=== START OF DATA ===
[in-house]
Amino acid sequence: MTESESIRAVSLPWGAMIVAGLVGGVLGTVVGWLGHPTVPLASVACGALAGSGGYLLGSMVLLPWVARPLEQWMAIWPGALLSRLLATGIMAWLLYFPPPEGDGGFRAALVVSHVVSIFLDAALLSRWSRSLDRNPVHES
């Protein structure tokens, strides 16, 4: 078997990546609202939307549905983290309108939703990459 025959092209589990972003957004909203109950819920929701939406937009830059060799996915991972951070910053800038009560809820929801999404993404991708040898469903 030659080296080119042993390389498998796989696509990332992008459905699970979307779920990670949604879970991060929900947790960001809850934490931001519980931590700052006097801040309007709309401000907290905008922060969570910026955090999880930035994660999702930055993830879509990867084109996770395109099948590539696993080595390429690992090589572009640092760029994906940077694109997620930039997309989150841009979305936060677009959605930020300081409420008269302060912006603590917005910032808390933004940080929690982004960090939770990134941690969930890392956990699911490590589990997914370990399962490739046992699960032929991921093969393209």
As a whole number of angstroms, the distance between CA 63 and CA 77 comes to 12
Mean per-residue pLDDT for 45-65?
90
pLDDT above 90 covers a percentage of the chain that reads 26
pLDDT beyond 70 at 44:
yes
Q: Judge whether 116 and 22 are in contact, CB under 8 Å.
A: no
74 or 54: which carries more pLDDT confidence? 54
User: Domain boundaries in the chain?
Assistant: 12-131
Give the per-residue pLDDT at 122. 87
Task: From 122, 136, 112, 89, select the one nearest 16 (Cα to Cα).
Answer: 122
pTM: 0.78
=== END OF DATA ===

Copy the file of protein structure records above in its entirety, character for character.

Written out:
[in-house]
Amino acid sequence: MTESESIRAVSLPWGAMIVAGLVGGVLGTVVGWLGHPTVPLASVACGALAGSGGYLLGSMVLLPWVARPLEQWMAIWPGALLSRLLATGIMAWLLYFPPPEGDGGFRAALVVSHVVSIFLDAALLSRWSRSLDRNPVHES
């Protein structure tokens, strides 16, 4: 078997990546609202939307549905983290309108939703990459 025959092209589990972003957004909203109950819920929701939406937009830059060799996915991972951070910053800038009560809820929801999404993404991708040898469903 030659080296080119042993390389498998796989696509990332992008459905699970979307779920990670949604879970991060929900947790960001809850934490931001519980931590700052006097801040309007709309401000907290905008922060969570910026955090999880930035994660999702930055993830879509990867084109996770395109099948590539696993080595390429690992090589572009640092760029994906940077694109997620930039997309989150841009979305936060677009959605930020300081409420008269302060912006603590917005910032808390933004940080929690982004960090939770990134941690969930890392956990699911490590589990997914370990399962490739046992699960032929991921093969393209």
As a whole number of angstroms, the distance between CA 63 and CA 77 comes to 12
Mean per-residue pLDDT for 45-65?
90
pLDDT above 90 covers a percentage of the chain that reads 26
pLDDT beyond 70 at 44:
yes
Q: Judge whether 116 and 22 are in contact, CB under 8 Å.
A: no
74 or 54: which carries more pLDDT confidence? 54
User: Domain boundaries in the chain?
Assistant: 12-131
Give the per-residue pLDDT at 122. 87
Task: From 122, 136, 112, 89, select the one nearest 16 (Cα to Cα).
Answer: 122
pTM: 0.78